Engage in Engineering

Start with Quality Activities

To effectively engage youth in engineering, it’s important for staff to start with quality activities. To help staff in their search for quality activities, we’ve shared a few helpful resources:

  • DesignSquad on PBS provides engineering activities, games and videos
  • PBS Zoom offers activities from the show and activities sent in by viewers
  • How to SMILE has more than 3,500 high-quality science and math activities
  • Engineering is Elementary contains free curriculum designed for third to fifth grade students in OST programs
  • Try Engineering is a source for great activities, role models and career planning tips for future engineers
  • STEMfinity provides project-based STEM resources

Get Prepared

The next step is to get prepared. Click2SciencePD recently offered a webinar, Engaging in Engineering, that helped OST professionals create a simple to do list for preparing to engage in engineering. The webinar is now available on-demand, so staff can watch it when it’s convenient for them.

Engineering To Do List

Think it through

  • Practice the activity and decide if it needs modified for the group
  • Research the ideas behind the activity
  • Identify the learning goals – What’s the point? 

Plan ahead 

  • Do youth have all the tools and skills (hard and soft skills) they need to solve this challenge?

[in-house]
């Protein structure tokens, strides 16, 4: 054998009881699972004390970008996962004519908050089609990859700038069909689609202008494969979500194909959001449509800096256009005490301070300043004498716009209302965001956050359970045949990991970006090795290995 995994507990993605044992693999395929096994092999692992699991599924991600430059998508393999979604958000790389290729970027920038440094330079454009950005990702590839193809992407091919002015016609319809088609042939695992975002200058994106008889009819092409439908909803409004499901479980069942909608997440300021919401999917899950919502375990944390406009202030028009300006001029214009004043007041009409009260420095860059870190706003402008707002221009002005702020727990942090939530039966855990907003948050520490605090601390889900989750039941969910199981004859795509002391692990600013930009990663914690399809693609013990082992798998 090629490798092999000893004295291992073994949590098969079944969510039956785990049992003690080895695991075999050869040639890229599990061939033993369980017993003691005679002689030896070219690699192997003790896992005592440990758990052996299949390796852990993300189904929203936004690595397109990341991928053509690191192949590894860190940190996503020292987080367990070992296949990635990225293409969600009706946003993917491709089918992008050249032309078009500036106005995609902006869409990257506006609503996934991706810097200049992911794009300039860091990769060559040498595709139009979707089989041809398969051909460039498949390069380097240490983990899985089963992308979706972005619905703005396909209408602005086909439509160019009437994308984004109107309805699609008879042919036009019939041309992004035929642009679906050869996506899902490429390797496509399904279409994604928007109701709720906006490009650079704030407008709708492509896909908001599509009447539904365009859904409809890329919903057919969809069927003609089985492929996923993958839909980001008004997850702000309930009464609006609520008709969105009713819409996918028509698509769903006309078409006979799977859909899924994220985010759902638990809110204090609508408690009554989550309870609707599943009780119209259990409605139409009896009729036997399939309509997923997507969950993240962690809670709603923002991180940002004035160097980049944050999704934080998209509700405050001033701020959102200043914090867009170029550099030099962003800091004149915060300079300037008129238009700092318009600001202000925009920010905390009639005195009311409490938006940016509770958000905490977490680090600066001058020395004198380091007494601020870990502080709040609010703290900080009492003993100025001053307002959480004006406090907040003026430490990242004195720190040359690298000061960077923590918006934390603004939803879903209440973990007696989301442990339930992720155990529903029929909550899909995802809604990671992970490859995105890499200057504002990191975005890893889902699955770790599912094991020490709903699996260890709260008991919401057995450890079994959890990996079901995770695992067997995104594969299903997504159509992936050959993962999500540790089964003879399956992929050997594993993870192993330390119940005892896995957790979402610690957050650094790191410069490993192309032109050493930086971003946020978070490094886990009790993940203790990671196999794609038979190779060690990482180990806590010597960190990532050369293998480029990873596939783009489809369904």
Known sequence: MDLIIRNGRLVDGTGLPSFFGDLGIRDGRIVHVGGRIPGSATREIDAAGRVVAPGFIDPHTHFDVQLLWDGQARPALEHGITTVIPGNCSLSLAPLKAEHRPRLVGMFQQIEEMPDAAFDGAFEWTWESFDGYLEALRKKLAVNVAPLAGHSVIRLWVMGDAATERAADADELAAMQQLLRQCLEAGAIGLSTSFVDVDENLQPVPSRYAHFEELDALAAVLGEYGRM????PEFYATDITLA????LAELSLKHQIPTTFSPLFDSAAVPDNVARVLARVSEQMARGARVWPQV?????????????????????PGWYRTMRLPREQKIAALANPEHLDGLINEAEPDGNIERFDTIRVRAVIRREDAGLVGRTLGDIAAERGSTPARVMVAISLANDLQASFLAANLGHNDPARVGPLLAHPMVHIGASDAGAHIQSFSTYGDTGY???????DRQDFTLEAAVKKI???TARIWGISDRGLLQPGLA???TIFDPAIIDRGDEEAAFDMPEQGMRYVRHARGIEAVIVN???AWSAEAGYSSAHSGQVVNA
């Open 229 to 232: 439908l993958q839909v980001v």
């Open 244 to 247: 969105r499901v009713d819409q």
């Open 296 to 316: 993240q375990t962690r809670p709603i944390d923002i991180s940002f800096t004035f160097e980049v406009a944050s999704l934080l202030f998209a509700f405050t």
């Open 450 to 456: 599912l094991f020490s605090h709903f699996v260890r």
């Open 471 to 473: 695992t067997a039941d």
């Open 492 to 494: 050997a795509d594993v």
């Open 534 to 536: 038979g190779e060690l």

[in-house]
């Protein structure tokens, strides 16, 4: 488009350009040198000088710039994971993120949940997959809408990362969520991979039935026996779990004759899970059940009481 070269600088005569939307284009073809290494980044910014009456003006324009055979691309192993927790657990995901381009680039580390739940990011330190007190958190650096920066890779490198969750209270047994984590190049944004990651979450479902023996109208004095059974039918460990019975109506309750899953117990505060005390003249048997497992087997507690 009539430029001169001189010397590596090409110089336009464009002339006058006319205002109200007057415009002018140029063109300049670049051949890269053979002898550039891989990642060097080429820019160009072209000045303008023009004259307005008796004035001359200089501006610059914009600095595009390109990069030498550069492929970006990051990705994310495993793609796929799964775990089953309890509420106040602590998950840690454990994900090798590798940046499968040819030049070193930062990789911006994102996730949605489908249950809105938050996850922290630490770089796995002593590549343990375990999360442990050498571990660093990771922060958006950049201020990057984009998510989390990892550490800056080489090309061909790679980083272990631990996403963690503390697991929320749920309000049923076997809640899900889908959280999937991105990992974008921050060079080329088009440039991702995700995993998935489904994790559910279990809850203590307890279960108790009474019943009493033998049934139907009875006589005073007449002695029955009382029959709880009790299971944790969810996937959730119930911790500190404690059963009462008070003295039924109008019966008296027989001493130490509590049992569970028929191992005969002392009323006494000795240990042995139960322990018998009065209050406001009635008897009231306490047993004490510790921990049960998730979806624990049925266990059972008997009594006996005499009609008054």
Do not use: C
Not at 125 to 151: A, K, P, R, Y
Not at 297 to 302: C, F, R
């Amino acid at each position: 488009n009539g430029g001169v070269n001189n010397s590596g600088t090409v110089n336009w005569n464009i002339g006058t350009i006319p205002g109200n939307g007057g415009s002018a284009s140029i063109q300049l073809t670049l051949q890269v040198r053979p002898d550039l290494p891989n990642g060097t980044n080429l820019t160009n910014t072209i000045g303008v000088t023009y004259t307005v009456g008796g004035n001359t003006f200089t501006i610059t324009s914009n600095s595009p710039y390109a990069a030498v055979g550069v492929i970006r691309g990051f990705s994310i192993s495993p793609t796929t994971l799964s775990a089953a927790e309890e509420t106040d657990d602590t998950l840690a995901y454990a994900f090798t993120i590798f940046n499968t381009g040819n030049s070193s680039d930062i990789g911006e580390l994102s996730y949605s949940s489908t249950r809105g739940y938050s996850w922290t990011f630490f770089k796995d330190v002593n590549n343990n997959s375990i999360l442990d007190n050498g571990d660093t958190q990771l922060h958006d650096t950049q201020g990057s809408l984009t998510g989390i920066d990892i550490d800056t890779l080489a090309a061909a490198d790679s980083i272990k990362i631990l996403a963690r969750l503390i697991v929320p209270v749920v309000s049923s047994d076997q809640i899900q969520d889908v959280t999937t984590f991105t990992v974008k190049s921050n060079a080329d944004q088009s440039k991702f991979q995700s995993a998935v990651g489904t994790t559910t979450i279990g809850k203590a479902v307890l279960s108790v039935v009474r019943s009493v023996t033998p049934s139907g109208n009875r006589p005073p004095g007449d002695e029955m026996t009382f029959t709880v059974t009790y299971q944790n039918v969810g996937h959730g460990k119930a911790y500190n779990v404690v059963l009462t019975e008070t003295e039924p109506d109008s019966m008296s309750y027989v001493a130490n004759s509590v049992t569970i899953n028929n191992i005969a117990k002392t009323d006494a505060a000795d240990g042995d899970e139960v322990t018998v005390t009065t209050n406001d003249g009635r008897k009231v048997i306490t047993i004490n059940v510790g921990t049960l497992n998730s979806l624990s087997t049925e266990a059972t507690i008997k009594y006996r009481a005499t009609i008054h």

• How will I make connections to what youth are doing in school, at home, and to careers?
  • Anticipate points where kids might get stuck and plan strategies to keep them going
  • Brainstorm questions to help youth think deeply and describe what they are doing as they work through the challenge
  • Plan ideas to extend the activity and make it deeper

Prepare

  • Consider materials needed for the activity
  • Space – How will this fit in the space I have? How will I arrange the space?

A crucial part of preparing for engineering is understanding how to make it engaging and meaningful. First and foremost, always remember that engineering is the process of solving a problem. Engaging youth in engineering is about providing meaningful problems for them to solve, giving them resources and support, but not giving them solutions. That can be challenging, but always remember an educator’s role is to support the youth so they can be successful problem solvers as adults – not to ensure they get the right answer, or even come to the best solution. Whenever possible, step back and let them do it.

Understand the Process

The Engineering Design Process starts with defining the problem. But after that, it can get messy. Engineering teams may jump back and forth between steps. For instance, if a team gets to the step of choosing a solution and finds they don’t have any solutions they want to try, encourage them to step back and better define exactly what their problem is so they can brainstorm more solutions and choose one to develop and test. Check out the Science Buddies website for more support on understanding the engineering design process.